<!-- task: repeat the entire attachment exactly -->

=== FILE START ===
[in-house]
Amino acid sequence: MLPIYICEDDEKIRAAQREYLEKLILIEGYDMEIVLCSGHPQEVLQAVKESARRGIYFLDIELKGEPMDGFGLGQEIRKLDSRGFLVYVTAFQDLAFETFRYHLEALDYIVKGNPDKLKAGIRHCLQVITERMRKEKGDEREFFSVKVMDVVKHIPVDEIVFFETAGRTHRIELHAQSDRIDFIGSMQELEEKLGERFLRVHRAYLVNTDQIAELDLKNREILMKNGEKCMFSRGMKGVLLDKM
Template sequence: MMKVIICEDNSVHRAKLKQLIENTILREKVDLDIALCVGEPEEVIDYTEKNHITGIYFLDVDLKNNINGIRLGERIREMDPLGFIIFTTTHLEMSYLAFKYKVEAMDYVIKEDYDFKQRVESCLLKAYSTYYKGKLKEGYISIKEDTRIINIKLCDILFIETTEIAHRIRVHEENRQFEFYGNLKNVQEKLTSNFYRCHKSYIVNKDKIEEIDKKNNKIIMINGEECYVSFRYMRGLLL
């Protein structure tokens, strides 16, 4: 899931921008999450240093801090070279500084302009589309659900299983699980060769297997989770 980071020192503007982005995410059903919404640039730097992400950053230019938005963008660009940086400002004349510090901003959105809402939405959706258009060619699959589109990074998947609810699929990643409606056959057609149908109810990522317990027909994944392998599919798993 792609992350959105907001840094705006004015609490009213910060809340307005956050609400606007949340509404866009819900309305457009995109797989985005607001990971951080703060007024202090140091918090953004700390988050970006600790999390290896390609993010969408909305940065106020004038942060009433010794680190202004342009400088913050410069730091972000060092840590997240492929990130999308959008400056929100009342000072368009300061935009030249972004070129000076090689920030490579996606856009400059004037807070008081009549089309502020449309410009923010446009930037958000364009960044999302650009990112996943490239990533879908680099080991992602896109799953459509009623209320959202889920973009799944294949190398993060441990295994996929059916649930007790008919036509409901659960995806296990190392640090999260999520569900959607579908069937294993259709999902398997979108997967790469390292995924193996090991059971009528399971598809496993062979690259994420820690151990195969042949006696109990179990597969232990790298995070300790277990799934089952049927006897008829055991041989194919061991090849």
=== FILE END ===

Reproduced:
[in-house]
Amino acid sequence: MLPIYICEDDEKIRAAQREYLEKLILIEGYDMEIVLCSGHPQEVLQAVKESARRGIYFLDIELKGEPMDGFGLGQEIRKLDSRGFLVYVTAFQDLAFETFRYHLEALDYIVKGNPDKLKAGIRHCLQVITERMRKEKGDEREFFSVKVMDVVKHIPVDEIVFFETAGRTHRIELHAQSDRIDFIGSMQELEEKLGERFLRVHRAYLVNTDQIAELDLKNREILMKNGEKCMFSRGMKGVLLDKM
Template sequence: MMKVIICEDNSVHRAKLKQLIENTILREKVDLDIALCVGEPEEVIDYTEKNHITGIYFLDVDLKNNINGIRLGERIREMDPLGFIIFTTTHLEMSYLAFKYKVEAMDYVIKEDYDFKQRVESCLLKAYSTYYKGKLKEGYISIKEDTRIINIKLCDILFIETTEIAHRIRVHEENRQFEFYGNLKNVQEKLTSNFYRCHKSYIVNKDKIEEIDKKNNKIIMINGEECYVSFRYMRGLLL
């Protein structure tokens, strides 16, 4: 899931921008999450240093801090070279500084302009589309659900299983699980060769297997989770 980071020192503007982005995410059903919404640039730097992400950053230019938005963008660009940086400002004349510090901003959105809402939405959706258009060619699959589109990074998947609810699929990643409606056959057609149908109810990522317990027909994944392998599919798993 792609992350959105907001840094705006004015609490009213910060809340307005956050609400606007949340509404866009819900309305457009995109797989985005607001990971951080703060007024202090140091918090953004700390988050970006600790999390290896390609993010969408909305940065106020004038942060009433010794680190202004342009400088913050410069730091972000060092840590997240492929990130999308959008400056929100009342000072368009300061935009030249972004070129000076090689920030490579996606856009400059004037807070008081009549089309502020449309410009923010446009930037958000364009960044999302650009990112996943490239990533879908680099080991992602896109799953459509009623209320959202889920973009799944294949190398993060441990295994996929059916649930007790008919036509409901659960995806296990190392640090999260999520569900959607579908069937294993259709999902398997979108997967790469390292995924193996090991059971009528399971598809496993062979690259994420820690151990195969042949006696109990179990597969232990790298995070300790277990799934089952049927006897008829055991041989194919061991090849």